Vision Becomes Reality: The Revitalisation of Rosebank Distillery
Built in the 1860s, the Rosebank distillery chimney has seen plenty of history in its time. It has looked down on its expanding home town of Falkirk and the constant trade along the Forth & Clyde canal, and felt the fluctuating fortunes of the whisky industry that led to the distillery’s closure in 1993. But right now, it stands in the midst of a bustling building site as the new Rosebank distillery rises up around it.
Work recommenced in February, though initially passers-by would have noticed little but for the coming and going of trucks and JCBs. “It usually starts a bit slow,” says Michael Russell, Senior Site Manager at the distillery. “You play around in the mud for the first three months and nobody knows what you’re doing.” In truth, around a dozen construction workers were busy laying the foundations.
In mid-April the first girder poked its head above the two-metre hoarding around Rosebank, and since then the pace has picked up with over fifty workers currently on site. The steel frame of the new distillery is now firmly in place, while the scaffolding-clad buildings on the other side, containing tasting rooms and a maturation warehouse, are restored.
You can begin to appreciate the scale of the distillery, and how Rosebank’s design meshes together the old and the new. The skeleton of the newbuild with its sloping, stepped roof that will be covered in black zinc, contrasts the Victorian red brick of the old Rosebank that has sat facing the canal since 1840.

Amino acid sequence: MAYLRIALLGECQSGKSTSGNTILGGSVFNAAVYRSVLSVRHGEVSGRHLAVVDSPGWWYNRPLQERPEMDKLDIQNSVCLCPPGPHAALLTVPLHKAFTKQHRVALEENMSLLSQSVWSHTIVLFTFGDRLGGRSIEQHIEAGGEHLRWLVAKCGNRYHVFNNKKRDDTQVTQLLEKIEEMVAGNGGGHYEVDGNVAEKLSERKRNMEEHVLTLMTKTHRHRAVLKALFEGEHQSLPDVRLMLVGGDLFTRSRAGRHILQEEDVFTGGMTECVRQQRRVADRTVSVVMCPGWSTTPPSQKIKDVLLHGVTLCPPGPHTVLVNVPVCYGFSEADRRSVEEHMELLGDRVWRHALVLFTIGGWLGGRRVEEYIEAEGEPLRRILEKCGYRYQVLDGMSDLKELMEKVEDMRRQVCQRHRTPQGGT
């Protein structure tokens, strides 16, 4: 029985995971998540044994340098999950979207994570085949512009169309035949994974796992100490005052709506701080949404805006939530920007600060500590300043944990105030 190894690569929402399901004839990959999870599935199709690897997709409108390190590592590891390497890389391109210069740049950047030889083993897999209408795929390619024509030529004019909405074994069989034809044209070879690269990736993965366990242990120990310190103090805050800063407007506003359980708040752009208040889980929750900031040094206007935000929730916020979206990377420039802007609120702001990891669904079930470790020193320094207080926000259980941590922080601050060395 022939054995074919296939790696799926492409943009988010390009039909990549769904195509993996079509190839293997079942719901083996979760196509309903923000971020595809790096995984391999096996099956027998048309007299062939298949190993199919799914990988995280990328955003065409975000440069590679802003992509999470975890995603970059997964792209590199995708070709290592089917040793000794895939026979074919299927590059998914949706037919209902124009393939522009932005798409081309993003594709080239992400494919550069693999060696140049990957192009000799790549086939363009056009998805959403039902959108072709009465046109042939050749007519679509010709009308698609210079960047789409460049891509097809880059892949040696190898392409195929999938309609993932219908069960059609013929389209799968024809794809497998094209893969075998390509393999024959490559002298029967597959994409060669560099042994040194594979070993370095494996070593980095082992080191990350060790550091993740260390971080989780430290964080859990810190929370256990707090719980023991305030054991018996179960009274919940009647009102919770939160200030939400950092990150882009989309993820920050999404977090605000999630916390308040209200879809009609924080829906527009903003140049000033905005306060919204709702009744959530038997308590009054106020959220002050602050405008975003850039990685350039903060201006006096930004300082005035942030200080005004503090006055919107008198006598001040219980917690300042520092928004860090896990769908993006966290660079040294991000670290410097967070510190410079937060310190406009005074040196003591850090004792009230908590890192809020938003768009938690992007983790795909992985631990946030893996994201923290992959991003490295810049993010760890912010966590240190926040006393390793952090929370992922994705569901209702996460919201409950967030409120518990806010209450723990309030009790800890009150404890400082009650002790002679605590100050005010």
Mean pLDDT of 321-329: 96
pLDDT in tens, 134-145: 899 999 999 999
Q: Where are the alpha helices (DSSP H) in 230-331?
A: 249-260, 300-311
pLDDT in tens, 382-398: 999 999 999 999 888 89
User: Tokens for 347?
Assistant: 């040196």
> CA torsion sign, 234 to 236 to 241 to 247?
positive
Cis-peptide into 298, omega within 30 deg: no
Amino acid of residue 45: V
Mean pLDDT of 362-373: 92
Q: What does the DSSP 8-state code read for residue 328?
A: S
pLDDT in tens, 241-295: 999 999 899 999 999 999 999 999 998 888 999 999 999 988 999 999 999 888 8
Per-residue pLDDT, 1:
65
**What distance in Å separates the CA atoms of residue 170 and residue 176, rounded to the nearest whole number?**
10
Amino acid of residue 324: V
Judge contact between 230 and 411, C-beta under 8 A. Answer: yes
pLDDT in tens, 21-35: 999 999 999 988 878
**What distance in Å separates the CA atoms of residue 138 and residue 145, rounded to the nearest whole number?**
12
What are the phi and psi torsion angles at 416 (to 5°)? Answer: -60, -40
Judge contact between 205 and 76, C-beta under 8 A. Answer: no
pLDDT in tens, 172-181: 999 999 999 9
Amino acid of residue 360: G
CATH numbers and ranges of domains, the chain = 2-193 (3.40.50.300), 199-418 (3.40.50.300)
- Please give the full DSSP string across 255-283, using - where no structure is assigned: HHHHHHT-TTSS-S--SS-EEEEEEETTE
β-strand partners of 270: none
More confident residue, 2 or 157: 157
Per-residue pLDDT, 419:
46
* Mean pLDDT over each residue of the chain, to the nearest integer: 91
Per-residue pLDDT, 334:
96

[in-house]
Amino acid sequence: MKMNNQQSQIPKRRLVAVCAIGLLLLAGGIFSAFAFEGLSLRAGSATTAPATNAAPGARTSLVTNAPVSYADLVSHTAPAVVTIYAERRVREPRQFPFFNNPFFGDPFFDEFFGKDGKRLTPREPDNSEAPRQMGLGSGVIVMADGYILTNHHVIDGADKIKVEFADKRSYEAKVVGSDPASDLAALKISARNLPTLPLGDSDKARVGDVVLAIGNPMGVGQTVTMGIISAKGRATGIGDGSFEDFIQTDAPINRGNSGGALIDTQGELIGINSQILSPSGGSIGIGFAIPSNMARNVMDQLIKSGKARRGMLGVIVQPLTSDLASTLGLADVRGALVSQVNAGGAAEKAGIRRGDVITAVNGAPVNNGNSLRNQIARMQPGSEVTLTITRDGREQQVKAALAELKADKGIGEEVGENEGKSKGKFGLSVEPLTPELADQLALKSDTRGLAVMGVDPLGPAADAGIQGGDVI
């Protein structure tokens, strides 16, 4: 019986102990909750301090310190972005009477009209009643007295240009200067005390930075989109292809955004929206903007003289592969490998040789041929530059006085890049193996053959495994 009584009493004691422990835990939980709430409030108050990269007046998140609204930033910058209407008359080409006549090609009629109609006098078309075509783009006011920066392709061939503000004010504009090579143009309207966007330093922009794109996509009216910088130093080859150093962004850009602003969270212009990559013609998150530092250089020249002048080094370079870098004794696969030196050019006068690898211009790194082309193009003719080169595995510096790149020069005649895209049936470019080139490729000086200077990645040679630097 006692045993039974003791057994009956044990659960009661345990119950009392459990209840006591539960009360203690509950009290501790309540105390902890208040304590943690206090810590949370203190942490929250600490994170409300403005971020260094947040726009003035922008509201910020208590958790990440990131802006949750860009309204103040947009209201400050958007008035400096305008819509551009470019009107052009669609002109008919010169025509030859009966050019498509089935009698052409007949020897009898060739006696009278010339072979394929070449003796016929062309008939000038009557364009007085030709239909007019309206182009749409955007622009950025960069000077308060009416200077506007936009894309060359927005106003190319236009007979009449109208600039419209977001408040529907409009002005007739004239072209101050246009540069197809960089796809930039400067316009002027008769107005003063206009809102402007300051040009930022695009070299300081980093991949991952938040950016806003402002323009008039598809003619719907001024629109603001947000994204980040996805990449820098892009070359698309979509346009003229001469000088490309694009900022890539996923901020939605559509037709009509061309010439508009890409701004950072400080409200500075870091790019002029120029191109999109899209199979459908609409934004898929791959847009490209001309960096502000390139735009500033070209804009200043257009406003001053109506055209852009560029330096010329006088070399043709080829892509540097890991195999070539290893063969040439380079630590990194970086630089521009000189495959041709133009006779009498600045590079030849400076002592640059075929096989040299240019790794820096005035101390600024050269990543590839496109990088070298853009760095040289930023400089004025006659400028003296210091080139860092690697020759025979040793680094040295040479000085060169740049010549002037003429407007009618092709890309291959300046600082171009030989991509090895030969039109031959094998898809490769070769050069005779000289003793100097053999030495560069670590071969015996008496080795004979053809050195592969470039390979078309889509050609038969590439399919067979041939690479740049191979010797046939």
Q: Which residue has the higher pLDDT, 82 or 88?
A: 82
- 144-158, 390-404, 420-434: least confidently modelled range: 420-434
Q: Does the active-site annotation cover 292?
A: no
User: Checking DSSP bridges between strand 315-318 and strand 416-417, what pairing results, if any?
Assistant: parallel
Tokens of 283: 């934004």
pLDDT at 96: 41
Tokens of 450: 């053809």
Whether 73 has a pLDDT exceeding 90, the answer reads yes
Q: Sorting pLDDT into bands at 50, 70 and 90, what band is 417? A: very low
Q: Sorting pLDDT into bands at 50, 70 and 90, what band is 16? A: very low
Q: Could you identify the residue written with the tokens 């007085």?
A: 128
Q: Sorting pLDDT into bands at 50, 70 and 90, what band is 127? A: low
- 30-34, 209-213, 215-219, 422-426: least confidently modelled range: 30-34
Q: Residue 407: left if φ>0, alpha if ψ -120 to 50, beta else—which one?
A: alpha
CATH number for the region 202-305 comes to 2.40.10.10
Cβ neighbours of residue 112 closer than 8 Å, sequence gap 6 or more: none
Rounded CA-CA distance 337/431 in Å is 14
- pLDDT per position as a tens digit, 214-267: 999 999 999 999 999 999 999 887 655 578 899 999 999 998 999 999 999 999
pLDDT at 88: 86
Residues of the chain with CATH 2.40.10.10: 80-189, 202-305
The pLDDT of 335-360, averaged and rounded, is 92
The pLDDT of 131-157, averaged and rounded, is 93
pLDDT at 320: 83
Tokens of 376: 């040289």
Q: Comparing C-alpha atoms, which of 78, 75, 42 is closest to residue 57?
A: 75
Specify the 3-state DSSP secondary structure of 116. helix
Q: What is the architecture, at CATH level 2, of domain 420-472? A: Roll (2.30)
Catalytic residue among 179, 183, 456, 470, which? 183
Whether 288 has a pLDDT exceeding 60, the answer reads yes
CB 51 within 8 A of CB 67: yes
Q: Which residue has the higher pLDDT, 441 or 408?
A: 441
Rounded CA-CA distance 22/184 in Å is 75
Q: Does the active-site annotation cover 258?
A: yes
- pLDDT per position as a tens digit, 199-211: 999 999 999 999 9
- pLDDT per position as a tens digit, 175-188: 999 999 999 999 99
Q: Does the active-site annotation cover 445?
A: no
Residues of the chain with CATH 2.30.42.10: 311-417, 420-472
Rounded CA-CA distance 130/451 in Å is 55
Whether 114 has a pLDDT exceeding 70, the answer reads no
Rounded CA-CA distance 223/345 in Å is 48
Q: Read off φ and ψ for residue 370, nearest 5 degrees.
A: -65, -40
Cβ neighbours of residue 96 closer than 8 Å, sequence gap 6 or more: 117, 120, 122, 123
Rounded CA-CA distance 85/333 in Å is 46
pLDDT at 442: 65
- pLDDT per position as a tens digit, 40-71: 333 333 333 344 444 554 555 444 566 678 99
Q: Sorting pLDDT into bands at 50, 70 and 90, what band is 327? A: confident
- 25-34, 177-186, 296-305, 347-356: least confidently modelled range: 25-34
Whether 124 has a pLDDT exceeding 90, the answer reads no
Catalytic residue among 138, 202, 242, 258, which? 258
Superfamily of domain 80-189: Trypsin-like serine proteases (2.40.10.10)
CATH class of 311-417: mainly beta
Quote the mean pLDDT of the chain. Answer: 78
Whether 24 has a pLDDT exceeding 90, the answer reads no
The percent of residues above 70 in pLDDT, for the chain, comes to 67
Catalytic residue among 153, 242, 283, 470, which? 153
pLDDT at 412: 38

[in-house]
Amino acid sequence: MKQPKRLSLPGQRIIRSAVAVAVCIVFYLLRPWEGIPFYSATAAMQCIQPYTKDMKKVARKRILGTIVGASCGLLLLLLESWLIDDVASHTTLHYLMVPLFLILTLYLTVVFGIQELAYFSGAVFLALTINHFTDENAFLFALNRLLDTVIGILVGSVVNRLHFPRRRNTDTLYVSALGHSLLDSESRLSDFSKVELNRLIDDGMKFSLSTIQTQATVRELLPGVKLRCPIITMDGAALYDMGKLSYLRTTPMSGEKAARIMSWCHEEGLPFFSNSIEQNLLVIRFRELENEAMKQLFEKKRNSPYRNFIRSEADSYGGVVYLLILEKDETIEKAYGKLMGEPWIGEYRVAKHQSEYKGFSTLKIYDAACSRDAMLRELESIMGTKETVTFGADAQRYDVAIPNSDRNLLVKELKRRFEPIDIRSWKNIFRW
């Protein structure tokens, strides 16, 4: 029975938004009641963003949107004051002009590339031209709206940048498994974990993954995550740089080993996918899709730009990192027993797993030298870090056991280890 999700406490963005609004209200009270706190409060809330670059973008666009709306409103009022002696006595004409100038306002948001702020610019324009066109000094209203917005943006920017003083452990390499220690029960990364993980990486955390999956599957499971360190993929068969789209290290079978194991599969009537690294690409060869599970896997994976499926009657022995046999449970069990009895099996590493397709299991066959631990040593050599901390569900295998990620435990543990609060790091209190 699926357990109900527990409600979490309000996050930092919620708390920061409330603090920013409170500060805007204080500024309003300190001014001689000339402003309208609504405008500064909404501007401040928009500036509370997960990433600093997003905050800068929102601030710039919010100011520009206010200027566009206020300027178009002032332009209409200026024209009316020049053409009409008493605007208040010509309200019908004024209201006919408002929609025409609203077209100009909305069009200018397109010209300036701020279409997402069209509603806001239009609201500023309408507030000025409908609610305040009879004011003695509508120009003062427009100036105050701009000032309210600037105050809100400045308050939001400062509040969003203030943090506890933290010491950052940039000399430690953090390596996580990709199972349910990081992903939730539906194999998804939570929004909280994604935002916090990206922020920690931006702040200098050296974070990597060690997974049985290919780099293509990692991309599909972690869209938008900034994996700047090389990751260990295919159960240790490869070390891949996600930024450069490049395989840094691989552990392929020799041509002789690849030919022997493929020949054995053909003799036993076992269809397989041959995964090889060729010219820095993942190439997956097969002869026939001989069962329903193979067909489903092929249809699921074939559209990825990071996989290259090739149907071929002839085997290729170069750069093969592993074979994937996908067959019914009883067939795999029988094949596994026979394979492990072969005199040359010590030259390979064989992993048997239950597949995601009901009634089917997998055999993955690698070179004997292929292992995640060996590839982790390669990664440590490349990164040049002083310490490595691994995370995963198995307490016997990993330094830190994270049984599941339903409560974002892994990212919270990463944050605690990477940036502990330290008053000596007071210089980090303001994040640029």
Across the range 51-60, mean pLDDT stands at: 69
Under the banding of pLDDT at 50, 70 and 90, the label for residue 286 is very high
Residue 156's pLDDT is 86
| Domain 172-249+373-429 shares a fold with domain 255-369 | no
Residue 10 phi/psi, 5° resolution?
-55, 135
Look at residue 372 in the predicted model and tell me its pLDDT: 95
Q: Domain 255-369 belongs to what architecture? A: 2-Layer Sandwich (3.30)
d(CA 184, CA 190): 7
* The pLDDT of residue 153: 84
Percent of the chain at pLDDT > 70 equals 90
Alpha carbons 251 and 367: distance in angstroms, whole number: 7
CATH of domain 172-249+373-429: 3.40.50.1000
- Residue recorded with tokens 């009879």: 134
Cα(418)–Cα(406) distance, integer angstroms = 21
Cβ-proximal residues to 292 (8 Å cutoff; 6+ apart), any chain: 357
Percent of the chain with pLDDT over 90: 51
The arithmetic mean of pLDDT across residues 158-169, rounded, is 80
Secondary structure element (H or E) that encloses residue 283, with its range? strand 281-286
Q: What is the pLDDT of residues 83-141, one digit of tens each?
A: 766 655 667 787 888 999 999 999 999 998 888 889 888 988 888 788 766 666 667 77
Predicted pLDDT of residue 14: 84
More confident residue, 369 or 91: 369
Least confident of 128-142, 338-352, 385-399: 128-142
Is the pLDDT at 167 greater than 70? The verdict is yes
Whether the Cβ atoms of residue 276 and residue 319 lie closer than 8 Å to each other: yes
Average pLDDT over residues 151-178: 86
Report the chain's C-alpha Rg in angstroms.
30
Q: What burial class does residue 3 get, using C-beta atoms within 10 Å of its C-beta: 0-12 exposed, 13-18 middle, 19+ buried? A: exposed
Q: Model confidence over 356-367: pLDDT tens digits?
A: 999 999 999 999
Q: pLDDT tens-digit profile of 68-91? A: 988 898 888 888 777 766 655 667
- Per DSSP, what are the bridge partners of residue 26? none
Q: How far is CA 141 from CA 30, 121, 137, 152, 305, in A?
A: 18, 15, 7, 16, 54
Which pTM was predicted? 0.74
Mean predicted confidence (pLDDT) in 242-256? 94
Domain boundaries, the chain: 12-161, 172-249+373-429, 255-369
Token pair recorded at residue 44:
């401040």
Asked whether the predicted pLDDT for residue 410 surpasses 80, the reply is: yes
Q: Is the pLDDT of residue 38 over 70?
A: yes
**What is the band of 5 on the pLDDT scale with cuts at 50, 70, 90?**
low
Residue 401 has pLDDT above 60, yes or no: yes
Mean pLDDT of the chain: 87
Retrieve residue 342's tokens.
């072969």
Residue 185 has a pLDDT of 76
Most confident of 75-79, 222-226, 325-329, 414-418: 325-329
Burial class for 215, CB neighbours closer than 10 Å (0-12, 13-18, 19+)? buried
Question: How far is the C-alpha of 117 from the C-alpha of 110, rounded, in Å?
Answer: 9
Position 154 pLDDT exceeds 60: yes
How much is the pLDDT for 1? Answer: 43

Connecting the two sides will be a wide, cobbled walkway known as ‘the street’ with plate glass windows to show the new Rosebank being made. On the floor above, visitors will be free to walk around the tops of the washbacks and the three pot stills to see and smell the whole whisky-making process.
A lot has to happen before then. In the coming weeks the heavy distilling equipment will start arriving from Forsyth’s copperworks on Speyside followed by the stills, all to be carefully lifted into place by crane. Then will come endless sheets of glass and zinc and other building materials to complete the new distillery.
It has certainly been a challenging project for the builders. “We’ve got everything,” says Michael Russell. “We’ve got a main road in front, a canal at the back and a 160-year-old chimney right in the middle. And, we’ve got Historic Scotland involved because the buildings are listed.”
Of course, it will all be worth it in the end. In fact, it is already very exciting as anyone at Ian Macleod Distillers will tell you. Robbie Hughes, group distillation director, has been involved from the start of Rosebank’s rebirth in 2017. “You can see what she’s actually going to look like,” he says on a hard-hat tour of the new distillery. “The vision’s actually become the reality.”